839.00/11–1945: Telegram

The Chargé in the Dominican Republic ( Scherer ) to the Secretary of State

455. At meeting November 17 attended by Peña Batlle, Ortega Frier (President’s legal adviser), Kilbourne, Hennessey, Walter Fox of local sugar controls, and myself, President Trujillo requested assistance from sugar interests in combatting Communism. Companies should act as intelligence agencies in transmitting to President personally direct by telephone information concerning individuals or incidents in connection with Communistic activities. President stated emphatically he would never permit Communism to get the upper hand in this country. With Kilbourne as spokesman, sugar interests mentioned much labor difficulty brewing at present among sugar workers and possibility that 1946 crop might be substantially reduced if agitation gets out of hand. I pointed out that the basic policy of the United States Government, which I said had been made known already and definitely on numerous occasions, is disapproval of any American companies which engage in political activities in foreign countries. Kilbourne said his company29 is Dominican and other sugar men at meeting indicated understanding of my statement, but probability that they would carry out President’s request. Subsequently the three sugar men called at the Embassy mentioning they are in difficult position since labor agitation might develop to such an extent as to endanger the harvest. In addition they recognized of course it is actually the opposition rather than Communism which Trujillo is trying to stamp out.

I repeated our position on American companies engaging in political activities abroad, and Kilbourne expressed belief he would probably not have to turn in any names to the President. (I do not follow his reasoning in this connection as it appears evident that President will require performance, now that Kilbourne has indicated he will carry out his wishes.)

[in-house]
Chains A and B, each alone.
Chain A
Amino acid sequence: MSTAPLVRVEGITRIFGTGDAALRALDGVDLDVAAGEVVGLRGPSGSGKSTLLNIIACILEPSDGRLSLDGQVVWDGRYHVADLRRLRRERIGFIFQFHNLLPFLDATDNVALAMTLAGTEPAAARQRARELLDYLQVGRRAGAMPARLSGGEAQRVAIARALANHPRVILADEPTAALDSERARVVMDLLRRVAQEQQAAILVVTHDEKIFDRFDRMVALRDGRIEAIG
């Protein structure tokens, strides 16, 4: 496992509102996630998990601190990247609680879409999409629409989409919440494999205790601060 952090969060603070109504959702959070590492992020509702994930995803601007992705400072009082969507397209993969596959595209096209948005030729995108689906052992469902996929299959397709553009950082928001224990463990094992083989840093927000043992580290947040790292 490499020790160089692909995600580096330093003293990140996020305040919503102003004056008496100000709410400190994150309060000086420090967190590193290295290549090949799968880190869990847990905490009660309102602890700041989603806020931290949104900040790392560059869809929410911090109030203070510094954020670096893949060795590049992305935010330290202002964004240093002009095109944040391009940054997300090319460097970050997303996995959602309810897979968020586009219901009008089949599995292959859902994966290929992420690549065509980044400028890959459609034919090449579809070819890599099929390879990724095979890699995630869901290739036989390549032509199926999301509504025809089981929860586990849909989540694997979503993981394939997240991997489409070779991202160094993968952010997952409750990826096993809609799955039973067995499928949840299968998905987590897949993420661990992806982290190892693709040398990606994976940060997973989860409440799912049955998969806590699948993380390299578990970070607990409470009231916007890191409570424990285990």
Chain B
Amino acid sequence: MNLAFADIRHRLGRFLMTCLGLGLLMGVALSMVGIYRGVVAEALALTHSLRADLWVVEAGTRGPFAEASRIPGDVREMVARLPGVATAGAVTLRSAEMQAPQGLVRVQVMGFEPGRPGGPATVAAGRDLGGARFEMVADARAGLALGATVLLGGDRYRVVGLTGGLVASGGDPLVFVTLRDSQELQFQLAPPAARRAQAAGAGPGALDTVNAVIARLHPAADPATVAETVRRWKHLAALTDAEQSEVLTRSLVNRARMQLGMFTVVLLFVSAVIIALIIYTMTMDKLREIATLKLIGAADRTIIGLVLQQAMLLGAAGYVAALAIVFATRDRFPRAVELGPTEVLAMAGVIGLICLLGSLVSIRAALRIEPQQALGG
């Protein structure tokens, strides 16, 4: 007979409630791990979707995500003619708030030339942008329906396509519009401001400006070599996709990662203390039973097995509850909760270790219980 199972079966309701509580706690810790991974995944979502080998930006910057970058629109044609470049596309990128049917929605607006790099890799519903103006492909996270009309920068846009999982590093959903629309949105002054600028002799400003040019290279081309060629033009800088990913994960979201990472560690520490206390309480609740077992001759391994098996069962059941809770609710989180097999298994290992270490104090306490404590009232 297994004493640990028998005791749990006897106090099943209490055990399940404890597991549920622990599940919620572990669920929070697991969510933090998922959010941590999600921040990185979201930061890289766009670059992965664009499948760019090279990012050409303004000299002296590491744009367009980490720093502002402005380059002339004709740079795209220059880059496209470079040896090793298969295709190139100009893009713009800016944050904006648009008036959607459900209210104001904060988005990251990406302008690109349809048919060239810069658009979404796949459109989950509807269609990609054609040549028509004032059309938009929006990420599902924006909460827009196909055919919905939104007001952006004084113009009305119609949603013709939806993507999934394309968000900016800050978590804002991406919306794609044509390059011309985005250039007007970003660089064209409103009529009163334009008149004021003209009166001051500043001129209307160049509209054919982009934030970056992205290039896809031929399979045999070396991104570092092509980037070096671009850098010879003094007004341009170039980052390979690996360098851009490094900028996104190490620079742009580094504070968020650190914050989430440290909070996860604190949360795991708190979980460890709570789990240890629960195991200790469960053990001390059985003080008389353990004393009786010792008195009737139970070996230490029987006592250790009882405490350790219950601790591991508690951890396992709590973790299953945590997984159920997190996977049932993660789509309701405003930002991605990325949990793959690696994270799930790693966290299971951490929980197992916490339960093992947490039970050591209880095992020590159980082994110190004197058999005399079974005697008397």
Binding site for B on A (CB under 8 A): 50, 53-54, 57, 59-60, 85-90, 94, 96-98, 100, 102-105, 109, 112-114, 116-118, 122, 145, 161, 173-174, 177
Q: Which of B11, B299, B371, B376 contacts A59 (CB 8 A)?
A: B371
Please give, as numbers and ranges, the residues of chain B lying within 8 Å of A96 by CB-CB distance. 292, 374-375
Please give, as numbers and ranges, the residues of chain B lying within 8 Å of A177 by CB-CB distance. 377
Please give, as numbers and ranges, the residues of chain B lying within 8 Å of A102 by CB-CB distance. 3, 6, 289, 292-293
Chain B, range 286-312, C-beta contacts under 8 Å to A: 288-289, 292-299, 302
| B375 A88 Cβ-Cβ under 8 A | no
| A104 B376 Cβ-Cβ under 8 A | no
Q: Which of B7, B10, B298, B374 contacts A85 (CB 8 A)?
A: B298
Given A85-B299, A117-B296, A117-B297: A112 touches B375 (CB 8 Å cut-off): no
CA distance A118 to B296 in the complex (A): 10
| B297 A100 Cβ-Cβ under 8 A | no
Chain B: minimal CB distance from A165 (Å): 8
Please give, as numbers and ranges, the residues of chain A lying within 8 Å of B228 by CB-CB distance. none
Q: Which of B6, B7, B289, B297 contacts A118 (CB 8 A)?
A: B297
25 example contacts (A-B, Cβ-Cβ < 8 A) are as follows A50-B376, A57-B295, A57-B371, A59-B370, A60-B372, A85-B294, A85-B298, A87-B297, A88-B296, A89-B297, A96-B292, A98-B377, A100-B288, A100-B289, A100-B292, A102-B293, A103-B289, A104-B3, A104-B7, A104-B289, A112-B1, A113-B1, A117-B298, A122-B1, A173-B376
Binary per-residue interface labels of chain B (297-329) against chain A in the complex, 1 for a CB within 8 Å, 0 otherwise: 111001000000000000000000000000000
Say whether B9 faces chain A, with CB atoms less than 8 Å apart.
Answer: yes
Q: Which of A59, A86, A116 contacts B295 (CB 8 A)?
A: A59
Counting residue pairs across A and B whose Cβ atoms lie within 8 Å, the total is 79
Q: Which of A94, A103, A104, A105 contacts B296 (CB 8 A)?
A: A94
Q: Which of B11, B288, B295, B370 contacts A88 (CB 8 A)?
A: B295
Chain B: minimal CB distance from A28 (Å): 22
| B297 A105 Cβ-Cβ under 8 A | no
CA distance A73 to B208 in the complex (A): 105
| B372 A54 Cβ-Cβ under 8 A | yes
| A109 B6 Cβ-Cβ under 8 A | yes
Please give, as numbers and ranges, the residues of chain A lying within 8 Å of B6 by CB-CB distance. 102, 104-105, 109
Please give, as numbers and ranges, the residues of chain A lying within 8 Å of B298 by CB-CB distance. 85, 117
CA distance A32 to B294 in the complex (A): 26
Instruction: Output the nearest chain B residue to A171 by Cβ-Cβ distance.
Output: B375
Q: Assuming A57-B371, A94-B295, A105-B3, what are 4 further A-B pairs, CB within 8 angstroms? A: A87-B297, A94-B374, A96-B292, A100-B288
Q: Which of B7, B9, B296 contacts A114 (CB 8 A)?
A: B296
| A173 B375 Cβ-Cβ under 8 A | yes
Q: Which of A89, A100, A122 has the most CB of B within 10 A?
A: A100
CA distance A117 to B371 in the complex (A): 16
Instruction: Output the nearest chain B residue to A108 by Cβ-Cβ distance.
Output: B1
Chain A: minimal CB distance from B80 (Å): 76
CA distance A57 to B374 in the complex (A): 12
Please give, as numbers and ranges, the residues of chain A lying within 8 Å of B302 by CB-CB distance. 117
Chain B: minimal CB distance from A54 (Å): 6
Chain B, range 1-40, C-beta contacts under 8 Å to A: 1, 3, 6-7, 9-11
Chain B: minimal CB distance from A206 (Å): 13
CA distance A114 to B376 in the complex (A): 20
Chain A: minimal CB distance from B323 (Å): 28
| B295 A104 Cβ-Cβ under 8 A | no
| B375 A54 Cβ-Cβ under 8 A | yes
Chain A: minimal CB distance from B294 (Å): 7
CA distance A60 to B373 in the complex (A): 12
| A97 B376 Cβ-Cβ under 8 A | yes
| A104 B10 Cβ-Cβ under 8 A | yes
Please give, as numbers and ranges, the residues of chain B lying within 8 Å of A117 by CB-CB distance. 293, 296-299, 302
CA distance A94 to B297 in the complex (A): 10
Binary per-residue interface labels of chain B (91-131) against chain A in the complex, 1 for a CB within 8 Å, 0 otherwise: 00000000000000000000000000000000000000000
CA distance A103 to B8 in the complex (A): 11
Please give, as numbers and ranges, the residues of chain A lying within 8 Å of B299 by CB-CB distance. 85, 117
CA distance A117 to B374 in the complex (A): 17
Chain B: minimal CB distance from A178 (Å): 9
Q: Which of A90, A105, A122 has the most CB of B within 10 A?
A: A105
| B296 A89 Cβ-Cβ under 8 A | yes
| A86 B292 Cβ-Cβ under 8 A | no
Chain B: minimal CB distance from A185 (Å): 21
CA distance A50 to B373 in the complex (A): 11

All three men stated they do not engage in local politics nor will they change their views in this regard.

Hennessey and Kilbourne became involved in discussing possible provisions of a proposed labor law, which they hope will be promulgated soon as they consider it would ease labor situation. Hennessey said his company is prepared to start work almost at once on an 8–hour [Page 990] day, that his labor is arranged, there are enough quarters, et cetera. Kilbourne and Fox plan to continue with a 12–hour day as previously. It may be that Hennessey’s change from a 12–hour day to 8 hours has caused the need for additional workers and hence the importation of Haitians.

It might be advisable for Embassy to address identical letters to Hennessey, Kilbourne and Fox reiterating our policy on political meddling by American companies in order to be clearly on the record. Department’s cabled instructions are accordingly requested.

  1. West Indies Sugar Company.